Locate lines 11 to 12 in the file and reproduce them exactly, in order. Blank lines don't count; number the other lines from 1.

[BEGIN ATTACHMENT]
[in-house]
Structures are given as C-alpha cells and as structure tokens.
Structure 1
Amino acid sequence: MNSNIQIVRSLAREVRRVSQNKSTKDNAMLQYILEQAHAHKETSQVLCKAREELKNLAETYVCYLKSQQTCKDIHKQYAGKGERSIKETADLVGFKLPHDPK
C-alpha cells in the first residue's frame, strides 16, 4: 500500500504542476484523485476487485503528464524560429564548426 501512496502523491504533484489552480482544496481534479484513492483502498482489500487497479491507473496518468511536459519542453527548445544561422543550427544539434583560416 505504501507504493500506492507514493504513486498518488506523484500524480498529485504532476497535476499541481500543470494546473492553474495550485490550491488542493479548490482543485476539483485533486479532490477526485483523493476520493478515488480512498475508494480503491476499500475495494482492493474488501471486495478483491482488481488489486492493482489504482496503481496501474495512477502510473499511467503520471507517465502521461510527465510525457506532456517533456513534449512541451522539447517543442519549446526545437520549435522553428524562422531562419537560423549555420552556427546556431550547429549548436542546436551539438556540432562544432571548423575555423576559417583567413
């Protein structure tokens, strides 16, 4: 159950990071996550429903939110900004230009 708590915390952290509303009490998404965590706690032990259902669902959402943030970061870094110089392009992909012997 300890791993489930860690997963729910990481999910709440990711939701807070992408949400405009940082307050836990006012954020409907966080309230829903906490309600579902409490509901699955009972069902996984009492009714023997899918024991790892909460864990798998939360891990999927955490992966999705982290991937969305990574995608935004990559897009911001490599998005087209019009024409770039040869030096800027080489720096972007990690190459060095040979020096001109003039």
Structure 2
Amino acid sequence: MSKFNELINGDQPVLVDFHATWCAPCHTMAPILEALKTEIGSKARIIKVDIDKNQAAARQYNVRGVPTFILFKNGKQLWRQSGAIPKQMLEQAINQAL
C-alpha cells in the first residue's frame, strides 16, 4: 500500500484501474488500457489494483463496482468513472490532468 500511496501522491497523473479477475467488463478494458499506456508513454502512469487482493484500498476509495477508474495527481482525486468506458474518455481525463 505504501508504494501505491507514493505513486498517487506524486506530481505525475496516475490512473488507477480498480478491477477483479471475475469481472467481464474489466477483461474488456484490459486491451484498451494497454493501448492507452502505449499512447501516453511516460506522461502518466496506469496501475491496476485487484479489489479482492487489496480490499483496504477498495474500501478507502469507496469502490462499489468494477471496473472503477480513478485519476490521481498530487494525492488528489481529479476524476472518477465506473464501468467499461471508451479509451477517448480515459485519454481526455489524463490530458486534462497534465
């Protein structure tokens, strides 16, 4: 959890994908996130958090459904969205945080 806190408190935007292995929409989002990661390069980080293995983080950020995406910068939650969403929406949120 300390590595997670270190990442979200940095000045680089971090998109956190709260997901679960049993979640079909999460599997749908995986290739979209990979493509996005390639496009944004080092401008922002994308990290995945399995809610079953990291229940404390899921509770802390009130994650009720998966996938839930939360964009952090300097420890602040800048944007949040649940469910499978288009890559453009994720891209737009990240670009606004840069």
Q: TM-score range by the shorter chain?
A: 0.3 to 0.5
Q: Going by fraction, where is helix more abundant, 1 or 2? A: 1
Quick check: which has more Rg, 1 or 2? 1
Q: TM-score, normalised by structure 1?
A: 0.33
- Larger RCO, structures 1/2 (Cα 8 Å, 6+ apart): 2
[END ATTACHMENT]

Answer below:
Q: TM-score range by the shorter chain?
A: 0.3 to 0.5